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James Burton was appointed Conductor of the Tanglewood Festival Chorus, and to the newly created position of BSO Choral Director, in February 2017. He made his BSO subscription-series conducting debut in October 2018, leading the Tanglewood Festival Chorus in Maija Einfelde’s Lux aeterna. Born in London, Mr. Burton holds a master’s degree in orchestral conducting from the Peabody Conservatory, where he studied with Frederik Prausnitz and Gustav Meier. He began his training at the Choir of Westminster Abbey, where he became head chorister, and was a choral scholar at St. John’s College, Cambridge. He has conducted concerts with the Royal Liverpool Philharmonic, the Orchestra of the Age of Enlightenment, the Hallé, the Orchestra of Scottish Opera, Royal Northern Sinfonia, BBC Concert Orchestra, and Manchester Camerata. He made his debut with the Boston Pops in December 2017 and returns to the Pops podium this coming December. He is a regular guest of the Orquestra Sinfónica Nacional of Mexico and returns this season to lead performances of Beethoven’s Symphony No. 9 in the Palacio de Bellas Artes in Mexico City. Opera credits include performances at English National Opera, English Touring Opera, Garsington Opera, and the Prague Summer Nights Festival, and he has served on the music staff of the Metropolitan Opera and Opéra de Paris. Mr. Burton’s extensive choral conducting has included guest invitations with professional choirs including the Gabrieli Consort, the Choir of the Enlightenment, Wrocław Philharmonic, and the BBC Singers, with whom he performed in the inaugural season of Dubai’s Opera House in 2017. From 2002 to 2009 he served as choral director at the Hallé Orchestra, where he was music director of the Hallé Choir and founding conductor of the Hallé Youth Choir, winning the Gramophone Choral Award in 2009. He was music director of Schola Cantorum of Oxford from 2002 to 2017. Mr. Burton is well known for his inspirational work with young musicians. In 2017 he was director of the National Youth Choir of Japan; he has recently conducted the Princeton University Glee Club, Yale Schola Cantorum, and University of Kentucky Symphony. In 2018 he founded the Boston Symphony Children’s Choir. Mr. Burton has given conducting master classes at the Royal Academy of Music in London and at the Tanglewood Music Center, and founded a scholarship for young conductors at Oxford. His growing composition portfolio contains works for commissioners including the National Portrait Gallery in London, the 2010 World Equestrian Games, the Choir of St. John’s College, Cambridge, and the Exon Festival, where he was composer-in-residence in 2015. In July 2019, Mr. Burton will conduct the Boston Symphony Children’s Choir and Boston Symphony Orchestra in the world premiere of his The Lost Words, as part of next summer’s gala Tanglewood on Parade concert. His works are published by Edition Peters. As BSO Choral Director and Conductor of the Tanglewood Festival Chorus, James Burton occupies the Alan J. and Suzanne W. Dworsky chair, endowed in perpetuity.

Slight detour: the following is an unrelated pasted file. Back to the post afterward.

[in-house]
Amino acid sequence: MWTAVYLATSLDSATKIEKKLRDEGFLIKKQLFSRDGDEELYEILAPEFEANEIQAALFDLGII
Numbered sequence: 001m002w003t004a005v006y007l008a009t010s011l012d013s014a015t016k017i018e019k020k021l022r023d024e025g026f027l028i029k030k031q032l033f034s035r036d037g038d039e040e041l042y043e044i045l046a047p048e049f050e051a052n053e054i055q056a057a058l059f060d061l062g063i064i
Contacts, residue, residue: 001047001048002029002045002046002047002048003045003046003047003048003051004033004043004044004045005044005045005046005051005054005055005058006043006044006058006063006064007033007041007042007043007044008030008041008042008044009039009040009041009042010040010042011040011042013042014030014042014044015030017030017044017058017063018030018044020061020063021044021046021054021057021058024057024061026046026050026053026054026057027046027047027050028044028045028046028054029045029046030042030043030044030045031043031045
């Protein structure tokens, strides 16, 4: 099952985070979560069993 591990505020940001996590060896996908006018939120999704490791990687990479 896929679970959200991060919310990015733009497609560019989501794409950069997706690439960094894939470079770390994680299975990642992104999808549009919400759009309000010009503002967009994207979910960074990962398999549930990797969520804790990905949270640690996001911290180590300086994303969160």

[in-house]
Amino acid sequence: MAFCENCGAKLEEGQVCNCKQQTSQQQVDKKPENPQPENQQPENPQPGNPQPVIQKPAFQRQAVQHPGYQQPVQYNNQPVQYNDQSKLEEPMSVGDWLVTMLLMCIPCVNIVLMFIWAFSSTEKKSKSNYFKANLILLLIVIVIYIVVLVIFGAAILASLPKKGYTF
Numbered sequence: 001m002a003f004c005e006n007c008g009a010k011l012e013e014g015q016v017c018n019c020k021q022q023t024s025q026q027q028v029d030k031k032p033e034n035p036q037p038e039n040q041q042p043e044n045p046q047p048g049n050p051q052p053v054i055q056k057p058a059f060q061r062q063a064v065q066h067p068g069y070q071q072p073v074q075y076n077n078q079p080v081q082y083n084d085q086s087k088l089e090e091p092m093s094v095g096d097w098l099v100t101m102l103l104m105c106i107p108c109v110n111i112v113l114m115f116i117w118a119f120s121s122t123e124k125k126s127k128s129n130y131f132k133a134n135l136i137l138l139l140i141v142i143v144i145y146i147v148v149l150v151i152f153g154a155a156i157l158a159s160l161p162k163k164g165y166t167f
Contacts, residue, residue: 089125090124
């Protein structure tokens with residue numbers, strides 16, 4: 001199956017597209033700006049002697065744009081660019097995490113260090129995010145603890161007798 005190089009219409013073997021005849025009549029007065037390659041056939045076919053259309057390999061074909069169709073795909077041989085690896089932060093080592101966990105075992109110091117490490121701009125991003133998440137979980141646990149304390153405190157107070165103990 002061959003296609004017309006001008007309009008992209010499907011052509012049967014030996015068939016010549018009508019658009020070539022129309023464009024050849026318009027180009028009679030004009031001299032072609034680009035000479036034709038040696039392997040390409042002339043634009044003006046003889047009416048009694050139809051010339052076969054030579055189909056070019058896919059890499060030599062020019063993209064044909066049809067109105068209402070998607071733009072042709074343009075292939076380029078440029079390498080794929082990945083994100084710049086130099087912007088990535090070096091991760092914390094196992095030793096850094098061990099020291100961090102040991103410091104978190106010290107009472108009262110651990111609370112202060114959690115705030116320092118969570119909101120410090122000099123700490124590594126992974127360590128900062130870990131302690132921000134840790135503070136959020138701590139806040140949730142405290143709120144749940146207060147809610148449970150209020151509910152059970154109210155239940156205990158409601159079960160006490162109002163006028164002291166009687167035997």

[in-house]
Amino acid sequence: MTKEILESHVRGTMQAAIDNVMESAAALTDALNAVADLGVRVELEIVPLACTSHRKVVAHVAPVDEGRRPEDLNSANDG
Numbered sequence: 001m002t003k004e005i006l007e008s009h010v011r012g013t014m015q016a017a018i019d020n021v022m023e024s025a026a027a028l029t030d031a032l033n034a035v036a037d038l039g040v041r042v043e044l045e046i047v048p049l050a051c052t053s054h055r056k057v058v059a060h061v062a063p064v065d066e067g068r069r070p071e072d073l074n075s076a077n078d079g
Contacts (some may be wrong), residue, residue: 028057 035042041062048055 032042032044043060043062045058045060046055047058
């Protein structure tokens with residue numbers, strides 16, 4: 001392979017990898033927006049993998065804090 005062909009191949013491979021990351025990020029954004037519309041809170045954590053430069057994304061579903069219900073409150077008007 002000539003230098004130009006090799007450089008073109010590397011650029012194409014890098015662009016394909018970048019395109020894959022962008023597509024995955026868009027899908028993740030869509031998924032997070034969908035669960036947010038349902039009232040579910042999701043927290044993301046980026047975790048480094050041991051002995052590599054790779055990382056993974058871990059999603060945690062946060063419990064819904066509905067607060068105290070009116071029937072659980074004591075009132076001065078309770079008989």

Program Notes Audio
DVOŘÁK - Stabat Mater (90 min)